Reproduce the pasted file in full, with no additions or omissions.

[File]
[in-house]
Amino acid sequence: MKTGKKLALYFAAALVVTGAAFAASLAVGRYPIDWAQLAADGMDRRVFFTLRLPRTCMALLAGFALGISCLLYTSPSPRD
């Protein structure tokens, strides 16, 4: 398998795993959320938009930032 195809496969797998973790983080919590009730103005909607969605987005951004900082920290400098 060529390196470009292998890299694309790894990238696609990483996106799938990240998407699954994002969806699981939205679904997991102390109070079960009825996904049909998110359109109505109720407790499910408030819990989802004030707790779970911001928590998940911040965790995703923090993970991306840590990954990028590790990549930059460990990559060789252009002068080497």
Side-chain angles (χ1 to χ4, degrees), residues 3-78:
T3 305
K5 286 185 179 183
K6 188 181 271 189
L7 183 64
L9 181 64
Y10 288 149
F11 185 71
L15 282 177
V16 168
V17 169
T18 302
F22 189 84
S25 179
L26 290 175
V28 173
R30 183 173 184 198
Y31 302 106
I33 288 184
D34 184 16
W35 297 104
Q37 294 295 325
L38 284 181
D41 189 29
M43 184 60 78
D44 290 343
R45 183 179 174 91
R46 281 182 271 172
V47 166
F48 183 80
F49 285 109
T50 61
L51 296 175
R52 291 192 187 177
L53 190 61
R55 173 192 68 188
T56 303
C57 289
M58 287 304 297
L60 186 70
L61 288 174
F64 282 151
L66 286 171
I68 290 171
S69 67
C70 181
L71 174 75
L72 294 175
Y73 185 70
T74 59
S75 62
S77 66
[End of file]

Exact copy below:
[in-house]
Amino acid sequence: MKTGKKLALYFAAALVVTGAAFAASLAVGRYPIDWAQLAADGMDRRVFFTLRLPRTCMALLAGFALGISCLLYTSPSPRD
């Protein structure tokens, strides 16, 4: 398998795993959320938009930032 195809496969797998973790983080919590009730103005909607969605987005951004900082920290400098 060529390196470009292998890299694309790894990238696609990483996106799938990240998407699954994002969806699981939205679904997991102390109070079960009825996904049909998110359109109505109720407790499910408030819990989802004030707790779970911001928590998940911040965790995703923090993970991306840590990954990028590790990549930059460990990559060789252009002068080497």
Side-chain angles (χ1 to χ4, degrees), residues 3-78:
T3 305
K5 286 185 179 183
K6 188 181 271 189
L7 183 64
L9 181 64
Y10 288 149
F11 185 71
L15 282 177
V16 168
V17 169
T18 302
F22 189 84
S25 179
L26 290 175
V28 173
R30 183 173 184 198
Y31 302 106
I33 288 184
D34 184 16
W35 297 104
Q37 294 295 325
L38 284 181
D41 189 29
M43 184 60 78
D44 290 343
R45 183 179 174 91
R46 281 182 271 172
V47 166
F48 183 80
F49 285 109
T50 61
L51 296 175
R52 291 192 187 177
L53 190 61
R55 173 192 68 188
T56 303
C57 289
M58 287 304 297
L60 186 70
L61 288 174
F64 282 151
L66 286 171
I68 290 171
S69 67
C70 181
L71 174 75
L72 294 175
Y73 185 70
T74 59
S75 62
S77 66